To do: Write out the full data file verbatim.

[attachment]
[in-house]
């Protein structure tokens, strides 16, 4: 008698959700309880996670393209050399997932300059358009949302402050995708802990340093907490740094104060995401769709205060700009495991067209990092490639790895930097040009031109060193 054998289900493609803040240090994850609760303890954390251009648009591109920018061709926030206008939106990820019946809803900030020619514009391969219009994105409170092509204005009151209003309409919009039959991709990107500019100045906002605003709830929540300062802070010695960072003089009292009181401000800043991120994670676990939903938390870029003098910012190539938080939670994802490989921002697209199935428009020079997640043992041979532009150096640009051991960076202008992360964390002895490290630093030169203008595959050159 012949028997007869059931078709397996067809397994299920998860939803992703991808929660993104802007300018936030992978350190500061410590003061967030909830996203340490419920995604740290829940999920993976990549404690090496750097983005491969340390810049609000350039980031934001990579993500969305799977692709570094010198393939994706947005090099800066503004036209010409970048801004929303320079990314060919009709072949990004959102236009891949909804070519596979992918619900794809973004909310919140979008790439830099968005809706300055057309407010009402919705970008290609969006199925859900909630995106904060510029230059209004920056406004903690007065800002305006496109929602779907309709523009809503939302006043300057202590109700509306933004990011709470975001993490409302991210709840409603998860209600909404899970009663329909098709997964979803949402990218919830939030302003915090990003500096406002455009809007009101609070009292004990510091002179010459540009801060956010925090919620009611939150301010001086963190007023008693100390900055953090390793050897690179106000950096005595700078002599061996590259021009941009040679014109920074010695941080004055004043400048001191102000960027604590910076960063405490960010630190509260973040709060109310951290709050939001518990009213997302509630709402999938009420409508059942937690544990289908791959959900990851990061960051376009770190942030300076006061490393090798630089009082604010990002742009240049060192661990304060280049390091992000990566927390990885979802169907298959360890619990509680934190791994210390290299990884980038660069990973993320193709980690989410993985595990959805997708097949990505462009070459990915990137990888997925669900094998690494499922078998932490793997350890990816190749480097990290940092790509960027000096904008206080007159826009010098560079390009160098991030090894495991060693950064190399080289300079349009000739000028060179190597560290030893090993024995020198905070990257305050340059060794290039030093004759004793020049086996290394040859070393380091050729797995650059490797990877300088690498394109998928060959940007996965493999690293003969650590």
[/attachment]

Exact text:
[in-house]
């Protein structure tokens, strides 16, 4: 008698959700309880996670393209050399997932300059358009949302402050995708802990340093907490740094104060995401769709205060700009495991067209990092490639790895930097040009031109060193 054998289900493609803040240090994850609760303890954390251009648009591109920018061709926030206008939106990820019946809803900030020619514009391969219009994105409170092509204005009151209003309409919009039959991709990107500019100045906002605003709830929540300062802070010695960072003089009292009181401000800043991120994670676990939903938390870029003098910012190539938080939670994802490989921002697209199935428009020079997640043992041979532009150096640009051991960076202008992360964390002895490290630093030169203008595959050159 012949028997007869059931078709397996067809397994299920998860939803992703991808929660993104802007300018936030992978350190500061410590003061967030909830996203340490419920995604740290829940999920993976990549404690090496750097983005491969340390810049609000350039980031934001990579993500969305799977692709570094010198393939994706947005090099800066503004036209010409970048801004929303320079990314060919009709072949990004959102236009891949909804070519596979992918619900794809973004909310919140979008790439830099968005809706300055057309407010009402919705970008290609969006199925859900909630995106904060510029230059209004920056406004903690007065800002305006496109929602779907309709523009809503939302006043300057202590109700509306933004990011709470975001993490409302991210709840409603998860209600909404899970009663329909098709997964979803949402990218919830939030302003915090990003500096406002455009809007009101609070009292004990510091002179010459540009801060956010925090919620009611939150301010001086963190007023008693100390900055953090390793050897690179106000950096005595700078002599061996590259021009941009040679014109920074010695941080004055004043400048001191102000960027604590910076960063405490960010630190509260973040709060109310951290709050939001518990009213997302509630709402999938009420409508059942937690544990289908791959959900990851990061960051376009770190942030300076006061490393090798630089009082604010990002742009240049060192661990304060280049390091992000990566927390990885979802169907298959360890619990509680934190791994210390290299990884980038660069990973993320193709980690989410993985595990959805997708097949990505462009070459990915990137990888997925669900094998690494499922078998932490793997350890990816190749480097990290940092790509960027000096904008206080007159826009010098560079390009160098991030090894495991060693950064190399080289300079349009000739000028060179190597560290030893090993024995020198905070990257305050340059060794290039030093004759004793020049086996290394040859070393380091050729797995650059490797990877300088690498394109998928060959940007996965493999690293003969650590």